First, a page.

A screenshot of a video from HK police shows a police officer suffered burns on his arm.
The Hong Kong police officer who opened fire at a rioter on Tuesday was exercising self-defense as his life and those of his colleagues were threatened, and he did so in accordance with Police General Orders, the Hong Kong police said on Wednesday.
An 18-year-old man was shot near his shoulder by police in Tsuen Wan around 4 pm Tuesday amid rioting across the city, which had become the first shot by a live round since the start of the months of riots.
The incident has sparked online discussions, attracting global attention, while opposition groups again distorting narratives by claiming police brutality. Some came up with new slogans like "a life for a life."
On Wednesday afternoon, the police showed a video of the operations to reporters. A group of black-clad rioters attacked a police officer and beat him to the ground. Then, a colleague of the officer approached with a revolver, trying to save the life of his colleague, as the video showed.
The officer with the revolver faced more than 10 rioters with deadly weapons such as hammers, iron poles and sharp hiking poles. A rioter approached him with an iron baton, who also wanted to snatch the gun of the police officer, as the video showed. If he had snatched the gun from the officer, it would have caused devastating consequences, Tang Ping-keung, deputy commissioner of police (operations), told a press conference on Wednesday.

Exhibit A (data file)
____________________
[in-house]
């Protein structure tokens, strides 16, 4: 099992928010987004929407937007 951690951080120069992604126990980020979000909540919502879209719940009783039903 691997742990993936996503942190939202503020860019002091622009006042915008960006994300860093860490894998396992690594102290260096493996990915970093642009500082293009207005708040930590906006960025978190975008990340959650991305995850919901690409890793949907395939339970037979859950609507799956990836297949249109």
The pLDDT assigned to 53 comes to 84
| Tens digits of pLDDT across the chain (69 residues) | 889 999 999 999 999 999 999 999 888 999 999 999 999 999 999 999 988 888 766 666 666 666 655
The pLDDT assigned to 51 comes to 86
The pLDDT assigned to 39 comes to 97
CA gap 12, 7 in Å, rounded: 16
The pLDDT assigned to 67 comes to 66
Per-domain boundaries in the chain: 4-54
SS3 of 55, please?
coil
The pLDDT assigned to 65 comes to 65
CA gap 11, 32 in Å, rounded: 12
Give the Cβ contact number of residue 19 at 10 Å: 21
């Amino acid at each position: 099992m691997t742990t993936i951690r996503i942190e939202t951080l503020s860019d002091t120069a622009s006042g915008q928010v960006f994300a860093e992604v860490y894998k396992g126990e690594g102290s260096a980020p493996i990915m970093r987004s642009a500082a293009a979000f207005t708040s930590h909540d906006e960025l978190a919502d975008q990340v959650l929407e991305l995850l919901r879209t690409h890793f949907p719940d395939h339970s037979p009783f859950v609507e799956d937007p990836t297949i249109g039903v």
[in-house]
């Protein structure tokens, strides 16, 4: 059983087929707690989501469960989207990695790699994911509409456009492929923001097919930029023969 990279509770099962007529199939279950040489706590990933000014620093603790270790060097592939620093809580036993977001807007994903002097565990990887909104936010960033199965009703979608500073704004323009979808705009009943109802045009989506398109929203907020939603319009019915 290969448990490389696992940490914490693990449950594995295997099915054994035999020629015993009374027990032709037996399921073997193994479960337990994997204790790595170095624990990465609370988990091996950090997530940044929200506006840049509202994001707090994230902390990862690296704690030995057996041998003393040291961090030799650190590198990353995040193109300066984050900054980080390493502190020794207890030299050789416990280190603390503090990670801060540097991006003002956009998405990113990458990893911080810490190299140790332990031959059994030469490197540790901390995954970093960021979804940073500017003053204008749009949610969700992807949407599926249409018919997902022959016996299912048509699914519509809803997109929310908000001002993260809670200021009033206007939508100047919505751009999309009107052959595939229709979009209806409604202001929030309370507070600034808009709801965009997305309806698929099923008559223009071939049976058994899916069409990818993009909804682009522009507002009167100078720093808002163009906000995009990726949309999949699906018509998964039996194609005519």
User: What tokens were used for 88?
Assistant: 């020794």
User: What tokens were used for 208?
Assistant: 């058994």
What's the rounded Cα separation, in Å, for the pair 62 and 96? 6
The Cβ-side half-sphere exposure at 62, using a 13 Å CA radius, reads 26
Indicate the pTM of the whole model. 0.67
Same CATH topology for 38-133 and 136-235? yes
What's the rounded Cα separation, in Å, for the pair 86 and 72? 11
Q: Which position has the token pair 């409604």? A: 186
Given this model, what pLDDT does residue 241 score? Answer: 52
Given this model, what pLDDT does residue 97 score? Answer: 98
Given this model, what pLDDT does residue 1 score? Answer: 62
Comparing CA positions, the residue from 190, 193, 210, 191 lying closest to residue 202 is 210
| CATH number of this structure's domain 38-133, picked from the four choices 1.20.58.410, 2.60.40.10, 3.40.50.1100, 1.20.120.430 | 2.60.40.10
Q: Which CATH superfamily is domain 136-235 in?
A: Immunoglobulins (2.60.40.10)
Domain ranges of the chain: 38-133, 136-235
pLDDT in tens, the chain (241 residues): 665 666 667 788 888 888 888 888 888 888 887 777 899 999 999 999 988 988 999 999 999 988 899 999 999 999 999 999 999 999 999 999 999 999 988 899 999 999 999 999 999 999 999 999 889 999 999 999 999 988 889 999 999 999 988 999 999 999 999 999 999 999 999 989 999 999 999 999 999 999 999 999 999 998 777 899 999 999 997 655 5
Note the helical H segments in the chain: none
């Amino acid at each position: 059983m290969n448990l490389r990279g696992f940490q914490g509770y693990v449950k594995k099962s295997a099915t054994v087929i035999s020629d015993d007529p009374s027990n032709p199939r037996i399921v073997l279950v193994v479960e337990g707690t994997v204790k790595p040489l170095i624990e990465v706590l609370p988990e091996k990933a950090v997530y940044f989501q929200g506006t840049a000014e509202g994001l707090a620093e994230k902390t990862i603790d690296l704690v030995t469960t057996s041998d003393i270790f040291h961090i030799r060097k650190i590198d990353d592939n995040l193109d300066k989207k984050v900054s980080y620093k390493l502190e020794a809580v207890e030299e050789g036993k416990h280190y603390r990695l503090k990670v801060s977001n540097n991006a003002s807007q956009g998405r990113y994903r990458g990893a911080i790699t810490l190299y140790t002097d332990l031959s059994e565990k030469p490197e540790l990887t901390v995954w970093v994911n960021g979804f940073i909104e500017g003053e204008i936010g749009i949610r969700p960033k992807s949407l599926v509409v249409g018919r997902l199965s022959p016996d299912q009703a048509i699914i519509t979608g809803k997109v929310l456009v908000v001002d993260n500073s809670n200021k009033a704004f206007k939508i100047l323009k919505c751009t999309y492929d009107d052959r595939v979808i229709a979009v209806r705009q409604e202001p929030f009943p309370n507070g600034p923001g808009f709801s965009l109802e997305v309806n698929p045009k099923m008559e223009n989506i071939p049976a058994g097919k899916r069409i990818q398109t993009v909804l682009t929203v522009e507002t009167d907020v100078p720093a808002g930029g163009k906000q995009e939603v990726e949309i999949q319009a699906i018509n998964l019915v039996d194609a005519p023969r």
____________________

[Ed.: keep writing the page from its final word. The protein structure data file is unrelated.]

The police officer with the revolver had no other choice but to open fire. And the rioter was hit in the shoulder and the officer acted in self-defense, according to the police.
Even after the police officer dispersed the rioters, rioters threw Molotov cocktails at the police, putting the detained rioter at risk.
"Every shot has to be accountable, and firing a live round does not mean it would become routine, as enhanced force was needed to handle escalating violence," Wong Wai-shun, senior superintendent of operations bureau, told the press conference.
Tuesday's riots have caused casualties among police officers, journalists and civilians.
Five of the 30 injured police officers on Tuesday remain in the hospital as of Wednesday. One suffered from third degree burns on his back and hand, said Tang Ping-keung, deputy commissioner of police.
During Tuesday's operation, the police arrested 269 people allegedly holding offensive weapons, assaulting police officers and taking part in riots.
Molotov cocktails, chemical compound, iron sticks … Hong Kong police displayed weapons rioters used to attack amid Tuesday's rioting activities, showing that riots have become more dangerous.
The police also emphasized that life is precious, and police officers have the responsibility to protect the lives of others as well as their own.
"Our frontline police officers made the choice in accordance with Police General Orders," said Tse Chun-chung, chief superintendent of police public relations branch.